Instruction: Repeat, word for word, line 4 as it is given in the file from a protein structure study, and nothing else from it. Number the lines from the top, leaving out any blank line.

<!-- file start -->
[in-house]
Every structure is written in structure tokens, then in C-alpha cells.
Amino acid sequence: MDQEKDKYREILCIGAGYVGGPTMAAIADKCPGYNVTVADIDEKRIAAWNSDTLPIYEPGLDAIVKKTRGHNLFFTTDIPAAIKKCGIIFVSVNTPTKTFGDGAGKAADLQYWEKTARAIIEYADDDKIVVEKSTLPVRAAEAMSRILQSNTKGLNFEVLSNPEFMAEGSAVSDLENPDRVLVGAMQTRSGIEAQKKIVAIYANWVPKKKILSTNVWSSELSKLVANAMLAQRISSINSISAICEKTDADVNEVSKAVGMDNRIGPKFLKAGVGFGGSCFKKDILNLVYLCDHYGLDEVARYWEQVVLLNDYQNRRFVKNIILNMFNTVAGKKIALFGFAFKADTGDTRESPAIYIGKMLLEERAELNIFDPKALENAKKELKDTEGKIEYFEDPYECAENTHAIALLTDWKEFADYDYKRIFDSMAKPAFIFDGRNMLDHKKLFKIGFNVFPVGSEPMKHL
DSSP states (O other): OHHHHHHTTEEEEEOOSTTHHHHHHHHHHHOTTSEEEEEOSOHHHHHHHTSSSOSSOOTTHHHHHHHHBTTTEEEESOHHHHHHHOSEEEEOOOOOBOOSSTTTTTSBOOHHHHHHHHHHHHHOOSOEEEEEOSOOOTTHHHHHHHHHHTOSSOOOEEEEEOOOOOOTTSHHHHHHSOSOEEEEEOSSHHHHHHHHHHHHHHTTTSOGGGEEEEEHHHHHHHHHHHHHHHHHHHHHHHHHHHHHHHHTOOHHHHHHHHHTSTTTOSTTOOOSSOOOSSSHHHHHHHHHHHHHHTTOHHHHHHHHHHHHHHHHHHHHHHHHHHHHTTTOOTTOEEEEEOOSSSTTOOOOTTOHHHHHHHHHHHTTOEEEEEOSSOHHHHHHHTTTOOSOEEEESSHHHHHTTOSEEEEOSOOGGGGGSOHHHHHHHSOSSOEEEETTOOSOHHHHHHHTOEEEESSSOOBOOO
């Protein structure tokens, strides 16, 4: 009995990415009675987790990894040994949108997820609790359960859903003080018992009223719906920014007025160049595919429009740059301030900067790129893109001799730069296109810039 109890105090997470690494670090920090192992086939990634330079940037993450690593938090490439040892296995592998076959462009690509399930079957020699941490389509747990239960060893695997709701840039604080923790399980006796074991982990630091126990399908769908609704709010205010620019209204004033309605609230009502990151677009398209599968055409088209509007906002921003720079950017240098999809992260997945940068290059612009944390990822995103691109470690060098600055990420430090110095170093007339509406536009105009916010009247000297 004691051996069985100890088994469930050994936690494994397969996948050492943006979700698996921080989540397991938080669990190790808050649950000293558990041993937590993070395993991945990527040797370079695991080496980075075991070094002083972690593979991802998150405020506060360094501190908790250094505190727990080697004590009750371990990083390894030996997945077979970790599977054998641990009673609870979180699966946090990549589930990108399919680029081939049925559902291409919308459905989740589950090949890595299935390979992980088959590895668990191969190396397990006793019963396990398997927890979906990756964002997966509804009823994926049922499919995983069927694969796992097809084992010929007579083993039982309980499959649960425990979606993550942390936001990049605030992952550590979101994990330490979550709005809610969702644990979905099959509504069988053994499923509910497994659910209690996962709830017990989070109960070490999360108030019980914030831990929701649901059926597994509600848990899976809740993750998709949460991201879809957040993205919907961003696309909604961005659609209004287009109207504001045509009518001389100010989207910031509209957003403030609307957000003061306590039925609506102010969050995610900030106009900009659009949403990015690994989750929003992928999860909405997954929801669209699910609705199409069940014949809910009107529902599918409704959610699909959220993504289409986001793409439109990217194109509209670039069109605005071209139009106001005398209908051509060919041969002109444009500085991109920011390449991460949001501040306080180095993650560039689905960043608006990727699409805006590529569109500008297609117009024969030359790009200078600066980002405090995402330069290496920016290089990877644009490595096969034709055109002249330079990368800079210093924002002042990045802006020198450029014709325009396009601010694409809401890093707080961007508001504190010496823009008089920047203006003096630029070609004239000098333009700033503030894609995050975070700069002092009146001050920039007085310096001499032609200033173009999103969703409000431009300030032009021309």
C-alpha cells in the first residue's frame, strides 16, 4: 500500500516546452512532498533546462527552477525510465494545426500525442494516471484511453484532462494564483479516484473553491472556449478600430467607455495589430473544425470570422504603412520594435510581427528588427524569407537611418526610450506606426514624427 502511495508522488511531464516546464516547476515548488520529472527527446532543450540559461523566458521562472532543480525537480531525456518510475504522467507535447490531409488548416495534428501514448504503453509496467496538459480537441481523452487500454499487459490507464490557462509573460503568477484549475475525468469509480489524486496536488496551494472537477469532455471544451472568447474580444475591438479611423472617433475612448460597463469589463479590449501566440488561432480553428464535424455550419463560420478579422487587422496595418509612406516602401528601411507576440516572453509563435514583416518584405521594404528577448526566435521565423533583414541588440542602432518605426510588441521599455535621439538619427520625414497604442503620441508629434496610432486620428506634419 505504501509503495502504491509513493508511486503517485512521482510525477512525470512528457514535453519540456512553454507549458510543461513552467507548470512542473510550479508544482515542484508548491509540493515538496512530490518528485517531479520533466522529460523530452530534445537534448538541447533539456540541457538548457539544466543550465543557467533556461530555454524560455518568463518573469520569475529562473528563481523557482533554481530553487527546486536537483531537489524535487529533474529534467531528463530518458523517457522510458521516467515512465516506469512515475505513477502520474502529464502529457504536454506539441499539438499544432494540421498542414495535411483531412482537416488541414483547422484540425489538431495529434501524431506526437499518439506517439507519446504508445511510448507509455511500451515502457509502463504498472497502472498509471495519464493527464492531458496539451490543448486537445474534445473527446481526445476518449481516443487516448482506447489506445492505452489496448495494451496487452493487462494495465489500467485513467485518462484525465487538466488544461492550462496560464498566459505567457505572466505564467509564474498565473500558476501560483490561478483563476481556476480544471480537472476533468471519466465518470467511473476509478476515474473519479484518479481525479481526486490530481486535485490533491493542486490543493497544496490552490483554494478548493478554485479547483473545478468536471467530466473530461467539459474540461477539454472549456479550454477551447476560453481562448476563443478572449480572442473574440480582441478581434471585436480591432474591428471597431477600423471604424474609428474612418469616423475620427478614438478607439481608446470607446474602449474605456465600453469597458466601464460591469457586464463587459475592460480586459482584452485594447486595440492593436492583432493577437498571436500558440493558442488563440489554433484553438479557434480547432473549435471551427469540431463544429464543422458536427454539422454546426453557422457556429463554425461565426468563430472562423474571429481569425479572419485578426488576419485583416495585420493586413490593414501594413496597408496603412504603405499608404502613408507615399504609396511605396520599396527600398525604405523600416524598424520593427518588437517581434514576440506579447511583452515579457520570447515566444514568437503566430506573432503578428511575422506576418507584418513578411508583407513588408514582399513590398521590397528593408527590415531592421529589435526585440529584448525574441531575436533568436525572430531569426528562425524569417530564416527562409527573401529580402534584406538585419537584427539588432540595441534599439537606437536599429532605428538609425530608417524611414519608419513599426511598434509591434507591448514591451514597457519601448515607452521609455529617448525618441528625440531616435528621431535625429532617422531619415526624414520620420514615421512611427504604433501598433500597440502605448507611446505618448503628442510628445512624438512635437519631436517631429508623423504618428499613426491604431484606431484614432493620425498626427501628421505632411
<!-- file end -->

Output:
DSSP states (O other): OHHHHHHTTEEEEEOOSTTHHHHHHHHHHHOTTSEEEEEOSOHHHHHHHTSSSOSSOOTTHHHHHHHHBTTTEEEESOHHHHHHHOSEEEEOOOOOBOOSSTTTTTSBOOHHHHHHHHHHHHHOOSOEEEEEOSOOOTTHHHHHHHHHHTOSSOOOEEEEEOOOOOOTTSHHHHHHSOSOEEEEEOSSHHHHHHHHHHHHHHTTTSOGGGEEEEEHHHHHHHHHHHHHHHHHHHHHHHHHHHHHHHHTOOHHHHHHHHHTSTTTOSTTOOOSSOOOSSSHHHHHHHHHHHHHHTTOHHHHHHHHHHHHHHHHHHHHHHHHHHHHTTTOOTTOEEEEEOOSSSTTOOOOTTOHHHHHHHHHHHTTOEEEEEOSSOHHHHHHHTTTOOSOEEEESSHHHHHTTOSEEEEOSOOGGGGGSOHHHHHHHSOSSOEEEETTOOSOHHHHHHHTOEEEESSSOOBOOO